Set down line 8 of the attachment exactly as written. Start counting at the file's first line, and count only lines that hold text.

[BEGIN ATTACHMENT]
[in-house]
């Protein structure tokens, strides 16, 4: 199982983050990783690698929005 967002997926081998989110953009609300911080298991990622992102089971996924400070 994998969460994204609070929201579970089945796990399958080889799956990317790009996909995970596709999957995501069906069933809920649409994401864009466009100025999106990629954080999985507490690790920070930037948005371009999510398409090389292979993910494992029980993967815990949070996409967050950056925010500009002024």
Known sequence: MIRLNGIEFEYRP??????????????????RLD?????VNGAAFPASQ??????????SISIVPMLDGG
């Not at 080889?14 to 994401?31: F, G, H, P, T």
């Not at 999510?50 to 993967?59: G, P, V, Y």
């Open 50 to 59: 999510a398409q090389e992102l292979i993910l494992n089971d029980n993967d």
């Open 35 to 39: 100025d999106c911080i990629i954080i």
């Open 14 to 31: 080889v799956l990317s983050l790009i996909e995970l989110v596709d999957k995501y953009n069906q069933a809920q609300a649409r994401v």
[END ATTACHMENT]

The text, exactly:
């Open 14 to 31: 080889v799956l990317s983050l790009i996909e995970l989110v596709d999957k995501y953009n069906q069933a809920q609300a649409r994401v």